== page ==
The owner of a Susquehanna County race track, who came under fire last month for holding races in defiance of Gov. Wolf’s ban on public gatherings, continues to defend his actions and says his track has not contributed to the county’s recent upward spike in COVID-19 cases blamed for preventing the county from reopening.
Gary Folk Sr., the promoter of Susquehanna’s Penn Can Speedway acknowledged that he has been cited twice for opening against the wishes of the governor but said that he has no intentions of closing as his track is following recommended virus protection methods and practicing common sense.
“We followed everything that needed to be followed,” Folk said.
The CEO of the largest health care facility near the track says that a recent surge in COVID-19 positive cases in a local nursing home drove up the county’s numbers and warned that even those who are asymptomatic, or not showing symptoms, may be unaware that they could also still be passing along the virus.
“Despite all best efforts of being locked down and precautions in place, COVID has spread quickly in the facility. We now have several residents and staff positive, several which are completely asymptomatic,” said Barnes-Kasson Hospital CEO Sara F. Ardonato.
Penn Can’s Folk said that he does not plan to be bullied by the state and that he has an obligation to the 40 employees who rely on their jobs at the track for money.
“I have no intention of closing and I’m not going to close,” Folk, 75 and a Navy veteran of the Vietnam War, said in a recent telephone interview.
Penn Can, which recently celebrated 65 years of racing, opened late last month and began drawing hundreds to racing events at the dirt short track on Route 171 which features stock and modified car racing and can seat about 2,000.
The move drew critical online observations from some concerned that any large public gathering could unintentionally drive up the number of COVID-19 cases in the county and hinder the county’s chances at an eventual total reopening. Susquehanna County officials earlier this month expected to graduate from its current state designated yellow or partially open phase to the green or full open phase but state officials cited the sudden increase in cases as a reason to keep it in yellow.
“If they want to blame me for not getting into yellow, so then blame me, but they’re not going to punish my racetrack,” Folk said. “I don’t know anybody except a big corporation who can go three or four months without anything coming in.”
Folk maintained the track followed recommended health guidelines, such as wearing of masks and frequent sanitizing to contain the virus but admitted to one notable exception. “Social distancing didn’t work as well,” he said. “I’m certainly not going to turn away people who come here to spend their money and support the drivers.”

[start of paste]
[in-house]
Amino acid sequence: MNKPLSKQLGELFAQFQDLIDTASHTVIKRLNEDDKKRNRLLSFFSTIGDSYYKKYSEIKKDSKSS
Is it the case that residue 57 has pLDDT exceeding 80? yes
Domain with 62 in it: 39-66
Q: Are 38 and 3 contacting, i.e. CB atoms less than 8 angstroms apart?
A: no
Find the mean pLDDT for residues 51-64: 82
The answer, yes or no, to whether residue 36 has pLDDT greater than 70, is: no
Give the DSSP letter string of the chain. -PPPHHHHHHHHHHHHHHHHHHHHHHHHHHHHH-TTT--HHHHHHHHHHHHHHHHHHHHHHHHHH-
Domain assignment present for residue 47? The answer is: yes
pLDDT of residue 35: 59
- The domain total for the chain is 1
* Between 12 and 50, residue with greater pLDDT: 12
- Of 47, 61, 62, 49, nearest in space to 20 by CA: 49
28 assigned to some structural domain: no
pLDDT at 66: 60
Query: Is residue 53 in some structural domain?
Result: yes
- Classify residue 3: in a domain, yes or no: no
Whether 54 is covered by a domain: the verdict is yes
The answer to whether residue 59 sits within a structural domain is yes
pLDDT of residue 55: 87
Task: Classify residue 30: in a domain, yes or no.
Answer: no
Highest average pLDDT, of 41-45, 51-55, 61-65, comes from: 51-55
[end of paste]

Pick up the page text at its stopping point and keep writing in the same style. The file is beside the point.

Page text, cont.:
Adornato, the Barnes Kasson CEO, which has a 58-bed skilled nursing facility in Susquehanna Depot, confirmed that the facility’s skilled nursing center experienced a recent upsurge in COVID-19 cases among residents and staff. But Adornato said that she had no data connecting that increase to large public gatherings, such as the recent racing events at Penn Can.
Adornato explained that while she does not now have any hard data connecting the two, people may have no idea that they are COVID-19 carriers and unknowingly spreading the virus.
“Although I don’t have any specific data connecting these new cases with the large gatherings in the county, I can say I have now experienced several people that have been tested for basic confirmation that they do not have COVID who have been very surprised to receive a positive COVID test returned,” Adornato said in an e-mail. “Some of those in the community with the virus honestly have no symptoms and would have had no idea or suspicion that they could be spreading it. I don’t think people believe that is true until they actually experience it.”
Businesses such as Folk’s in the bordering counties of Wyoming, Bradford, Wayne and Lackawanna anxiously waited for the state’s decision whether they would move to the green or full opening phase June 12 with all but Lackawanna meeting all criteria. As of Sunday, Lackawanna county, which has a population of just over 200,000, had 1,476 COVID cases with 152 deaths.
Wayne and Wyoming counties moved to green June 12, leaving both Susquehanna and Lackawanna in yellow.
Susquehanna County Commissioners Elizabeth “Betsy” Arnold and Alan Hall wrote Wolf on June 9 to ask if he would create a special category for businesses struggling under the county’s yellow designation that forbids them from a full opening.
The commissioners noted that during the second to third week of March the county COVID-19 count jumped from 6 to 76 cases and that 56 of the 76 cases were from one nursing home. From June 4 until June 8 the county saw 43 new cases, the letter also noted.
As of June 8, the county, which has a population of just over 40,000, has confirmed 148 cases with the addition of 6 possible cases for a total of 154. But, as the letter noted, 102 of those are confirmed nursing home cases. Of the 16 deaths the county suffered, commissioners told the governor, 15 were from nursing homes and the other died out of state.
“The numbers that are holding us back are related to the nursing homes and are isolated. Yes, we do understand that the workers in these places do go home and go to other places, and that is a possible exposure. But like you, we cannot control those few who have no regard for others but will continue to try and educate them on doing the right thing.”
Pennsylvania state representatives Tina Pickett (110th) and Jonathan Fritz (111th) also sent a similar letter to the governor.